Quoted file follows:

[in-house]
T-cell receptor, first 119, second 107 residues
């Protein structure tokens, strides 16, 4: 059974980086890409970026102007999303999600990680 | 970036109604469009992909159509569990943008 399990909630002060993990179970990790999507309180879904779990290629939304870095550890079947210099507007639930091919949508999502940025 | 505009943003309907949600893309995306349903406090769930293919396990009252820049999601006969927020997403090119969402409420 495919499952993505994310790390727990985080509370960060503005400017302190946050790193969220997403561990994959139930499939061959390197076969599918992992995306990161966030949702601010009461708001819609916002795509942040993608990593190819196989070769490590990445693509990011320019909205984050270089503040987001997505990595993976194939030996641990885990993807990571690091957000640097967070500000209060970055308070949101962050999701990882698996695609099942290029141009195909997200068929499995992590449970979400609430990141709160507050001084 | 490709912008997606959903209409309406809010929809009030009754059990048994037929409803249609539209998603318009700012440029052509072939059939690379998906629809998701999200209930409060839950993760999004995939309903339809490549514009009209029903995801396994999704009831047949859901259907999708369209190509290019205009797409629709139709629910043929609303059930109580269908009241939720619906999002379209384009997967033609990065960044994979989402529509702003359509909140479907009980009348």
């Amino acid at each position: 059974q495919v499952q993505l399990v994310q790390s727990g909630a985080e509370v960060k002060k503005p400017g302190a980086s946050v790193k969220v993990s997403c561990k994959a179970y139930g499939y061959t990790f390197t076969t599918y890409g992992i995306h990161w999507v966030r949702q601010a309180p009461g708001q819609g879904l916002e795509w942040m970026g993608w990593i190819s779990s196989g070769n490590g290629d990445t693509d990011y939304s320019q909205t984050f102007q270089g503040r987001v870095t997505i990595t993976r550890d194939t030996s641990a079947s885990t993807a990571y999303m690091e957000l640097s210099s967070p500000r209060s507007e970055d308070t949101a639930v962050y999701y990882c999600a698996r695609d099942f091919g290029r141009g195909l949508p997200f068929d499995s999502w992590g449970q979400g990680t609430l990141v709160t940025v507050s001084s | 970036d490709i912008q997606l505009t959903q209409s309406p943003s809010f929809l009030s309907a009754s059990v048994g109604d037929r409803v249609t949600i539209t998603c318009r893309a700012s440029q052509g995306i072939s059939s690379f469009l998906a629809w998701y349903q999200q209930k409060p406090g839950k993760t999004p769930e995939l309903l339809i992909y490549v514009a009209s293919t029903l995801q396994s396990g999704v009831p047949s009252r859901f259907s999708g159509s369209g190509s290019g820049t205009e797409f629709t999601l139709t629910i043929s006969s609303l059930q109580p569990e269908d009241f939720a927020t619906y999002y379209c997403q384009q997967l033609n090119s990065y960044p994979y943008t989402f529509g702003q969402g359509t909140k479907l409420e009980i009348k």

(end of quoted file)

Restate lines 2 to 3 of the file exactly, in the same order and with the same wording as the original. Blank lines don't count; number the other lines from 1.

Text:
T-cell receptor, first 119, second 107 residues
């Protein structure tokens, strides 16, 4: 059974980086890409970026102007999303999600990680 | 970036109604469009992909159509569990943008 399990909630002060993990179970990790999507309180879904779990290629939304870095550890079947210099507007639930091919949508999502940025 | 505009943003309907949600893309995306349903406090769930293919396990009252820049999601006969927020997403090119969402409420 495919499952993505994310790390727990985080509370960060503005400017302190946050790193969220997403561990994959139930499939061959390197076969599918992992995306990161966030949702601010009461708001819609916002795509942040993608990593190819196989070769490590990445693509990011320019909205984050270089503040987001997505990595993976194939030996641990885990993807990571690091957000640097967070500000209060970055308070949101962050999701990882698996695609099942290029141009195909997200068929499995992590449970979400609430990141709160507050001084 | 490709912008997606959903209409309406809010929809009030009754059990048994037929409803249609539209998603318009700012440029052509072939059939690379998906629809998701999200209930409060839950993760999004995939309903339809490549514009009209029903995801396994999704009831047949859901259907999708369209190509290019205009797409629709139709629910043929609303059930109580269908009241939720619906999002379209384009997967033609990065960044994979989402529509702003359509909140479907009980009348």